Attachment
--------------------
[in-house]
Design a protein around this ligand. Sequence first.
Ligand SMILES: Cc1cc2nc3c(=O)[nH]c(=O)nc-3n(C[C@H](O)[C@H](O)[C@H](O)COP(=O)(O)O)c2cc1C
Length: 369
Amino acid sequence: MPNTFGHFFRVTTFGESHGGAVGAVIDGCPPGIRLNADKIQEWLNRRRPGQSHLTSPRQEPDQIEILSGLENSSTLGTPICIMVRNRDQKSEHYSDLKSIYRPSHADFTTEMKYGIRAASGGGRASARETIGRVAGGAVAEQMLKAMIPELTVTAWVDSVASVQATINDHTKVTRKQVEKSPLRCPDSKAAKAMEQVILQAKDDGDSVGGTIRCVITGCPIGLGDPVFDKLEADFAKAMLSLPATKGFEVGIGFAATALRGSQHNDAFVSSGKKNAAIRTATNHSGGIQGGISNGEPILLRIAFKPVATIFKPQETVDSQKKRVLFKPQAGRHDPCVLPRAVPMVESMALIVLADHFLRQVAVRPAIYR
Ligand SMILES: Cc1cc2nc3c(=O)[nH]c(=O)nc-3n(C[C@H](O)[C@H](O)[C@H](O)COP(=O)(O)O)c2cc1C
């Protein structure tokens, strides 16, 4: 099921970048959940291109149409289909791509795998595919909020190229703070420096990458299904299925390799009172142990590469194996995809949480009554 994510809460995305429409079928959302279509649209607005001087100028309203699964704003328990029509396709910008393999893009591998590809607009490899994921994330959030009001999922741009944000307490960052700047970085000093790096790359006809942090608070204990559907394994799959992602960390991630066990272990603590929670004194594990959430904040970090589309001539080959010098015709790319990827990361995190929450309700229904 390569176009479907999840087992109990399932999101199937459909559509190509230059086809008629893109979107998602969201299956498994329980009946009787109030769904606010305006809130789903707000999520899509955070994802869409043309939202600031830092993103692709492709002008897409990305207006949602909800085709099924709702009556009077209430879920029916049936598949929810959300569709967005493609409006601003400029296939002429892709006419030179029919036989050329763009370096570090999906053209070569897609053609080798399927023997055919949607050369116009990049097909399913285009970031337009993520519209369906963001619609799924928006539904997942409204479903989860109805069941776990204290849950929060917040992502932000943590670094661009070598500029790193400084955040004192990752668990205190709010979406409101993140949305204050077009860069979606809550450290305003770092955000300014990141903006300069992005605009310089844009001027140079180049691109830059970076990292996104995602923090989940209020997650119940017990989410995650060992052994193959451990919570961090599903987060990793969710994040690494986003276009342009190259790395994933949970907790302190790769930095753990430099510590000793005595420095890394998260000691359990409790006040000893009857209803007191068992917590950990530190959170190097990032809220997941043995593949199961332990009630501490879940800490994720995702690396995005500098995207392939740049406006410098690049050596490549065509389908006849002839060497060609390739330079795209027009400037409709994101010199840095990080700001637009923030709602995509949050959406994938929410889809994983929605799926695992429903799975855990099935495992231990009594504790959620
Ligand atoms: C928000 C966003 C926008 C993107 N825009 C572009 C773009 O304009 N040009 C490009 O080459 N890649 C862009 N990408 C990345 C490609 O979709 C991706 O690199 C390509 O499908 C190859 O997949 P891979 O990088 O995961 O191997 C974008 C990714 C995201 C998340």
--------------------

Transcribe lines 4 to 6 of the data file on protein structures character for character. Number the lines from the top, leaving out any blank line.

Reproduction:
Length: 369
Amino acid sequence: MPNTFGHFFRVTTFGESHGGAVGAVIDGCPPGIRLNADKIQEWLNRRRPGQSHLTSPRQEPDQIEILSGLENSSTLGTPICIMVRNRDQKSEHYSDLKSIYRPSHADFTTEMKYGIRAASGGGRASARETIGRVAGGAVAEQMLKAMIPELTVTAWVDSVASVQATINDHTKVTRKQVEKSPLRCPDSKAAKAMEQVILQAKDDGDSVGGTIRCVITGCPIGLGDPVFDKLEADFAKAMLSLPATKGFEVGIGFAATALRGSQHNDAFVSSGKKNAAIRTATNHSGGIQGGISNGEPILLRIAFKPVATIFKPQETVDSQKKRVLFKPQAGRHDPCVLPRAVPMVESMALIVLADHFLRQVAVRPAIYR
Ligand SMILES: Cc1cc2nc3c(=O)[nH]c(=O)nc-3n(C[C@H](O)[C@H](O)[C@H](O)COP(=O)(O)O)c2cc1C